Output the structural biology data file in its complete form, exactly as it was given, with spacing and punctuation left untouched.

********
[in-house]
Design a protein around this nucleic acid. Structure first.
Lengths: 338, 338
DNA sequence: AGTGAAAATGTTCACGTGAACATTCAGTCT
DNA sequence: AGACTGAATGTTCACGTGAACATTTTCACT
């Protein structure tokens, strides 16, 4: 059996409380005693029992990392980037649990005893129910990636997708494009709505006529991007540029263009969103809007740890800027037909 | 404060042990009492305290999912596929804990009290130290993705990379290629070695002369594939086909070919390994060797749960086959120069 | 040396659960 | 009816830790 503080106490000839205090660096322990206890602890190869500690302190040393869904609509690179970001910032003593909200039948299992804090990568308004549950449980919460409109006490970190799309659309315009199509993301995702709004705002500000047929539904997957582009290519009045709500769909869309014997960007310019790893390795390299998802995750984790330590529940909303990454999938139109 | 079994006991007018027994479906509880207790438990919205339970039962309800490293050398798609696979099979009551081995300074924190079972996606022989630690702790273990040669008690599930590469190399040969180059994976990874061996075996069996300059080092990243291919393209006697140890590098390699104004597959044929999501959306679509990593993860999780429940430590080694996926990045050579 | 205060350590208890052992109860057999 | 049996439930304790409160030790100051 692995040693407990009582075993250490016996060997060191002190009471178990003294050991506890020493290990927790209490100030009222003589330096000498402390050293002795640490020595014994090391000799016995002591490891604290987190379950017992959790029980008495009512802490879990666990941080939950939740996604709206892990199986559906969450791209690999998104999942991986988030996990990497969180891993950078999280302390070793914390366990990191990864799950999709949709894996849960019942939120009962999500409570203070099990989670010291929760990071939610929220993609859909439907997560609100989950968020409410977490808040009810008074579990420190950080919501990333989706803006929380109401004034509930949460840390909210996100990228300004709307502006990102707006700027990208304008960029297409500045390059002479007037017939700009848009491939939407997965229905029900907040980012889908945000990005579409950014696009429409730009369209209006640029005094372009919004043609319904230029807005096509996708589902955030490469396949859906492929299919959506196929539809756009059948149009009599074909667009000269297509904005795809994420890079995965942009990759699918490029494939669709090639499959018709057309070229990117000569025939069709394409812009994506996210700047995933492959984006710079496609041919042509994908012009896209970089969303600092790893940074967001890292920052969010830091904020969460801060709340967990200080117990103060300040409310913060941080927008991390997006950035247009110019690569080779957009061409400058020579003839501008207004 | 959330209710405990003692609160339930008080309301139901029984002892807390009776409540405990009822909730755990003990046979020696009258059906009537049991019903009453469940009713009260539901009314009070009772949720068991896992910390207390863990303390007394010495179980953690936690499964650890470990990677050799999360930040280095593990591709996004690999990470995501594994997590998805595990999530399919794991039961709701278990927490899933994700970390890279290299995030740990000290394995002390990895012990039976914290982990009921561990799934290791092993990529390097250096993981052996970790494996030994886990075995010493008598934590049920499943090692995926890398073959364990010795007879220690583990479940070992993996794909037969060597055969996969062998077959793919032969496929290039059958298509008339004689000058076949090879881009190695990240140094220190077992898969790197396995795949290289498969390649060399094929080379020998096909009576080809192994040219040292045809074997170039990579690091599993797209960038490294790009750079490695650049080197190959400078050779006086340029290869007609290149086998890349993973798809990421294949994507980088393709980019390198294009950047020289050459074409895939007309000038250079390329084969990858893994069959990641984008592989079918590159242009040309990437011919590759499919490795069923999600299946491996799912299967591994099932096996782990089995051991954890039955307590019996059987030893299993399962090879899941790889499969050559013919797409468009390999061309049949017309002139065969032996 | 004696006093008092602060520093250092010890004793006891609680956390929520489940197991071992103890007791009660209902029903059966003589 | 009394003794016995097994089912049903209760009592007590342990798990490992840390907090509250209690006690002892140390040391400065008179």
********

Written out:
[in-house]
Design a protein around this nucleic acid. Structure first.
Lengths: 338, 338
DNA sequence: AGTGAAAATGTTCACGTGAACATTCAGTCT
DNA sequence: AGACTGAATGTTCACGTGAACATTTTCACT
């Protein structure tokens, strides 16, 4: 059996409380005693029992990392980037649990005893129910990636997708494009709505006529991007540029263009969103809007740890800027037909 | 404060042990009492305290999912596929804990009290130290993705990379290629070695002369594939086909070919390994060797749960086959120069 | 040396659960 | 009816830790 503080106490000839205090660096322990206890602890190869500690302190040393869904609509690179970001910032003593909200039948299992804090990568308004549950449980919460409109006490970190799309659309315009199509993301995702709004705002500000047929539904997957582009290519009045709500769909869309014997960007310019790893390795390299998802995750984790330590529940909303990454999938139109 | 079994006991007018027994479906509880207790438990919205339970039962309800490293050398798609696979099979009551081995300074924190079972996606022989630690702790273990040669008690599930590469190399040969180059994976990874061996075996069996300059080092990243291919393209006697140890590098390699104004597959044929999501959306679509990593993860999780429940430590080694996926990045050579 | 205060350590208890052992109860057999 | 049996439930304790409160030790100051 692995040693407990009582075993250490016996060997060191002190009471178990003294050991506890020493290990927790209490100030009222003589330096000498402390050293002795640490020595014994090391000799016995002591490891604290987190379950017992959790029980008495009512802490879990666990941080939950939740996604709206892990199986559906969450791209690999998104999942991986988030996990990497969180891993950078999280302390070793914390366990990191990864799950999709949709894996849960019942939120009962999500409570203070099990989670010291929760990071939610929220993609859909439907997560609100989950968020409410977490808040009810008074579990420190950080919501990333989706803006929380109401004034509930949460840390909210996100990228300004709307502006990102707006700027990208304008960029297409500045390059002479007037017939700009848009491939939407997965229905029900907040980012889908945000990005579409950014696009429409730009369209209006640029005094372009919004043609319904230029807005096509996708589902955030490469396949859906492929299919959506196929539809756009059948149009009599074909667009000269297509904005795809994420890079995965942009990759699918490029494939669709090639499959018709057309070229990117000569025939069709394409812009994506996210700047995933492959984006710079496609041919042509994908012009896209970089969303600092790893940074967001890292920052969010830091904020969460801060709340967990200080117990103060300040409310913060941080927008991390997006950035247009110019690569080779957009061409400058020579003839501008207004 | 959330209710405990003692609160339930008080309301139901029984002892807390009776409540405990009822909730755990003990046979020696009258059906009537049991019903009453469940009713009260539901009314009070009772949720068991896992910390207390863990303390007394010495179980953690936690499964650890470990990677050799999360930040280095593990591709996004690999990470995501594994997590998805595990999530399919794991039961709701278990927490899933994700970390890279290299995030740990000290394995002390990895012990039976914290982990009921561990799934290791092993990529390097250096993981052996970790494996030994886990075995010493008598934590049920499943090692995926890398073959364990010795007879220690583990479940070992993996794909037969060597055969996969062998077959793919032969496929290039059958298509008339004689000058076949090879881009190695990240140094220190077992898969790197396995795949290289498969390649060399094929080379020998096909009576080809192994040219040292045809074997170039990579690091599993797209960038490294790009750079490695650049080197190959400078050779006086340029290869007609290149086998890349993973798809990421294949994507980088393709980019390198294009950047020289050459074409895939007309000038250079390329084969990858893994069959990641984008592989079918590159242009040309990437011919590759499919490795069923999600299946491996799912299967591994099932096996782990089995051991954890039955307590019996059987030893299993399962090879899941790889499969050559013919797409468009390999061309049949017309002139065969032996 | 004696006093008092602060520093250092010890004793006891609680956390929520489940197991071992103890007791009660209902029903059966003589 | 009394003794016995097994089912049903209760009592007590342990798990490992840390907090509250209690006690002892140390040391400065008179």